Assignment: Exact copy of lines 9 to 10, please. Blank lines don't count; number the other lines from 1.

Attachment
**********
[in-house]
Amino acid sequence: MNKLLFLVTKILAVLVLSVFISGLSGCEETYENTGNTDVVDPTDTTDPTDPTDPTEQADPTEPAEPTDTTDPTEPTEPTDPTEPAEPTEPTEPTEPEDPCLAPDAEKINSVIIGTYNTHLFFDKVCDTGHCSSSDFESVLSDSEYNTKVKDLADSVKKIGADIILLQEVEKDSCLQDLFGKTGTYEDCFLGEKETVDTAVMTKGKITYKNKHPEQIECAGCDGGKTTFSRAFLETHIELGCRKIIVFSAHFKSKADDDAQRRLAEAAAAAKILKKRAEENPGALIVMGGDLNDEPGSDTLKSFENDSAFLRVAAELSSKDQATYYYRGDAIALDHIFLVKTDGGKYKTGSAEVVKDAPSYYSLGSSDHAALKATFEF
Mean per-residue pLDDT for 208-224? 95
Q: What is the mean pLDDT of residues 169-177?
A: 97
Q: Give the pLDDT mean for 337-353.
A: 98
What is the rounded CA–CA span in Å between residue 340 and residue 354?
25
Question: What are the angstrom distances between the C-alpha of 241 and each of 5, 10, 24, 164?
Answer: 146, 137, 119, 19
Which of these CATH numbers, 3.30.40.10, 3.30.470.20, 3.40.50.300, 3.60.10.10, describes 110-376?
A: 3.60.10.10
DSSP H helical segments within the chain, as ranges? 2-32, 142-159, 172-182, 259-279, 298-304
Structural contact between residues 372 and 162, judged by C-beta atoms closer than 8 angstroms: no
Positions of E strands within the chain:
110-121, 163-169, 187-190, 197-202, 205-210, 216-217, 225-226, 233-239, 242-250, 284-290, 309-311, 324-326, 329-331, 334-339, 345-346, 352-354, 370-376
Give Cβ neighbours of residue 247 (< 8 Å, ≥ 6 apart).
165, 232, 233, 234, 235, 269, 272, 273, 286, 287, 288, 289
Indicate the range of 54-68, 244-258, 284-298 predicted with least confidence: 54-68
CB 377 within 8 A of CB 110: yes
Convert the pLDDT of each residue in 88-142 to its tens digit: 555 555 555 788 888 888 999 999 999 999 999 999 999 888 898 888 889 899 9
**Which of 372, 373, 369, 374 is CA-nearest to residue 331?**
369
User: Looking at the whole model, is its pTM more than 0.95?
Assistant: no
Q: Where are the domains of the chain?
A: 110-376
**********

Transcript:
25
Question: What are the angstrom distances between the C-alpha of 241 and each of 5, 10, 24, 164?